The family passed Glenmore to developer Bill Horncastle in 1996. Horncastle applied for consent to subdivide the property into 17 sections, and notified the house for demolition. A public outcry ensued, with over 500 objections received by the Christchurch City Council. The house and half an acre were subsequently sold to saviours Lolly and John Fairweather, who carried out further renovation and restoration. The Fairweathers' operated Glenmore as home-stay accommodation until 2003, when it was sold to Penelope Wenlock and William Packard.
Historical Significance or Value
Glenmore, begun early in the 1850s, has historical significance for its association with Henry Selfe Selfe, the Canterbury Association's agent in London who owned the property though he never lived there. From 1865 to 1880 it was the town house of the prominent Acland family, pioneering settlers at Mt Peel in South Canterbury where descendants still live in the Category 1 registered homestead. As the Glenmore Brickworks manager's home the house is an important reminder of the once extensive brick-making industry along the Port Hills.
(e) the community has esteem for the property as evidenced by the public outcry when the house was threatened by subdivision;
(g) it is a good example of a large townhouse built by the wealthy landed elite;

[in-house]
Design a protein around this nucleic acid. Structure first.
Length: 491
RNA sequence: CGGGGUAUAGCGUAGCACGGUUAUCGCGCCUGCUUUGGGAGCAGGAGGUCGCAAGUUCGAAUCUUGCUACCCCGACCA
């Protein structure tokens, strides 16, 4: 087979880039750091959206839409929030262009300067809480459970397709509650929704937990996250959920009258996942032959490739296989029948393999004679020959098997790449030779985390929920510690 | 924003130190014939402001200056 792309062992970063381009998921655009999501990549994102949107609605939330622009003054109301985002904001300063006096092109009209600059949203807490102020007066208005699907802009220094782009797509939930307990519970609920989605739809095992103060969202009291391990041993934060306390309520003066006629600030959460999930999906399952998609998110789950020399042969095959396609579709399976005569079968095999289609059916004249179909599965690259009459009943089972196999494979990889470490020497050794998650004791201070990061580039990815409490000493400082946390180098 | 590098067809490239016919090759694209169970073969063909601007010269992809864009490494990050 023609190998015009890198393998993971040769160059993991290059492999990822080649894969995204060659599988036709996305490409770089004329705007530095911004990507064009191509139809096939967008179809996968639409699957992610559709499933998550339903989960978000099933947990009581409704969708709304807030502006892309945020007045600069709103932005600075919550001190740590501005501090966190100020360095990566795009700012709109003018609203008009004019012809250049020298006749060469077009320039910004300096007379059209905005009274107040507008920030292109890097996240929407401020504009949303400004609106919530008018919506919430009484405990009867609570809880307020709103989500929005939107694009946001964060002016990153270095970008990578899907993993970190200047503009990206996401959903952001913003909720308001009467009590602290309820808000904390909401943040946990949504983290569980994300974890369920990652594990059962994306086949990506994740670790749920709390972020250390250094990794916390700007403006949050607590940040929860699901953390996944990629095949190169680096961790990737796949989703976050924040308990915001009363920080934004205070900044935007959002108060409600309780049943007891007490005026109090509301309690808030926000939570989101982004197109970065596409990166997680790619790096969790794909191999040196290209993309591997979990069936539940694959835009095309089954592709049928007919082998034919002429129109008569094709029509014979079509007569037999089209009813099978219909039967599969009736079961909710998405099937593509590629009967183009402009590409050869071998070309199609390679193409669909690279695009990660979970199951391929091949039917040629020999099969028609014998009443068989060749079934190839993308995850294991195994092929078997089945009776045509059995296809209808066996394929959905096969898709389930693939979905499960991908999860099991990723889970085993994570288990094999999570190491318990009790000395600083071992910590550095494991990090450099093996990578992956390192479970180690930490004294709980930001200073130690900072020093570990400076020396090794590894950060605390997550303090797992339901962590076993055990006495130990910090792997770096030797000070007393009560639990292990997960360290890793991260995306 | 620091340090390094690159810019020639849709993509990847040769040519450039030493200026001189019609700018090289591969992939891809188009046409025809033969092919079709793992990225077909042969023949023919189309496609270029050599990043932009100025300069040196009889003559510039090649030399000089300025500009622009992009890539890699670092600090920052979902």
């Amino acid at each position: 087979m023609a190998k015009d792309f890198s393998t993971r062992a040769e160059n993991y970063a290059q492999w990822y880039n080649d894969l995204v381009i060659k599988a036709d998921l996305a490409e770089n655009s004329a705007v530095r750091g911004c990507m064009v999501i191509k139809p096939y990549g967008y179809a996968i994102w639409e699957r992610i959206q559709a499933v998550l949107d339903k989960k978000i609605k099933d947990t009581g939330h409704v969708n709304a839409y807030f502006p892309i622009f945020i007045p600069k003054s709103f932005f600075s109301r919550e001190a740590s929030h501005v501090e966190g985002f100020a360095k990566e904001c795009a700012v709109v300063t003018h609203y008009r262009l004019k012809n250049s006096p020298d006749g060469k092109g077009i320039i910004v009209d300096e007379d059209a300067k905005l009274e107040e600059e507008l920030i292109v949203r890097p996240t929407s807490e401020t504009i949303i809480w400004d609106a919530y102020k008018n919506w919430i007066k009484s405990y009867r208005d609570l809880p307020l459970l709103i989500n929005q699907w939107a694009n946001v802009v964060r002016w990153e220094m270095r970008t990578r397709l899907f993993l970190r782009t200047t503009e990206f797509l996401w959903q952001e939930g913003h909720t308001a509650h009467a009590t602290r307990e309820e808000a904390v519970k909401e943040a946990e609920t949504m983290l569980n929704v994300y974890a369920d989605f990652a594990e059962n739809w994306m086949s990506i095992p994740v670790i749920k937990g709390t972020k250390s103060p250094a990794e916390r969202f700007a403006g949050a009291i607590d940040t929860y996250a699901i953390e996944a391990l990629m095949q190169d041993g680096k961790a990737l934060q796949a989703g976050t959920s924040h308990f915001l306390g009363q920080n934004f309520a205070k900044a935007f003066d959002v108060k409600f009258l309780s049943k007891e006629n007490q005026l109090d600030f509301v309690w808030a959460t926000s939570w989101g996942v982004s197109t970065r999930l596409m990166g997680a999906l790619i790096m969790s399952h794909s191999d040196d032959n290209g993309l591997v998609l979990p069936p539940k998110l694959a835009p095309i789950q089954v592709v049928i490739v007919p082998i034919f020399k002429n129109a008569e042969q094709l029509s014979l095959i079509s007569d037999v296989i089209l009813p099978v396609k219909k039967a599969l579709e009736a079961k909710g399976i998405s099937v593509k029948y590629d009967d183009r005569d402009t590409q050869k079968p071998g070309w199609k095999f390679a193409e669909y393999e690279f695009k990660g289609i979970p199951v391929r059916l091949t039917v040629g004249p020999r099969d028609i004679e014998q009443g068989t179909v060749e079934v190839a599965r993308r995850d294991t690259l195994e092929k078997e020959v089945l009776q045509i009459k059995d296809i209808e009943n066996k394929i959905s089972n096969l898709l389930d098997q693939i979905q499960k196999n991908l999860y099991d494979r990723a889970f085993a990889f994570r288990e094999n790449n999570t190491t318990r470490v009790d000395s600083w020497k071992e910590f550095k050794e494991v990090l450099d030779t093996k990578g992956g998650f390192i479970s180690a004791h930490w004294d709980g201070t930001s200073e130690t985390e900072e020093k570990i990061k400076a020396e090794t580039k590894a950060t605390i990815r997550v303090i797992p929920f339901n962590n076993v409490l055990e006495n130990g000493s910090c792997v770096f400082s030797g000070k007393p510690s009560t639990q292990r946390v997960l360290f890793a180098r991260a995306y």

(h) it serves to commemorate the once extensive brick-making industry along the Port Hills;
(i) the 1850s date of the earliest part of the house makes it one of the oldest, continuously occupied residences in Christchurch.
Glenmore is a two-storey weatherboard colonial villa with a low-pitched hipped roof and box bay windows. It is rectangular in form, facing north, with double height verandahs across the frontage and the eastern side. French doors open to both levels of the verandahs, which are decorated with turned timber balusters and fretwork. The lower level of the verandah has a brick floor, and a balustraded terrace extending out from the northern elevation. Despite recent renovations, the colonial character of the house has been retained.
Construction of single storey section.
Addition of two-storey section.
Addition of brick floor and balustrades to verandah.
Renovations, including extension of first floor over single storey section.
1996 - 1999
Further internal renovations.
Weatherboard with a corrugated iron roof . The floor of the ground floor verandah and the balustrades are brick.
L.G.D. Acland, The Early Canterbury Runs, 4th ed., Christchurch, 1975
Christchurch City Council
Christchurch City Council
Heritage Unit File
J.A. Hendry (text) and A.J. Mair (drawings), Homes of the Pioneers, Christchurch, 1968.
G.R. MacDonald, Dictionary of Canterbury Biographies, Canterbury Museum, n.d.
W McIntyre, The Journal of Henry Sewell 1853-7 Christchurch: Whitcoulls, 1980
New Zealand Historic Places
New Zealand Historic Places
May, J. 'Once Threatened, Now Safe', 74 (September 1999) pp. 19-20. NZHPT Field Record Form.
G. Ogilvie, Banks Peninsula; the Cradle of Canterbury, GP Books, 1990
A fully referenced version of this report is available from the NZHPT Southern Region Office.
Please note that entry on the New Zealand Heritage List/Rarangi Korero identifies only the heritage values of the property concerned, and should not be construed as advice on the state of the property, or as a comment of its soundness or safety, including in regard to earthquake risk, safety in the event of fire, or insanitary conditions.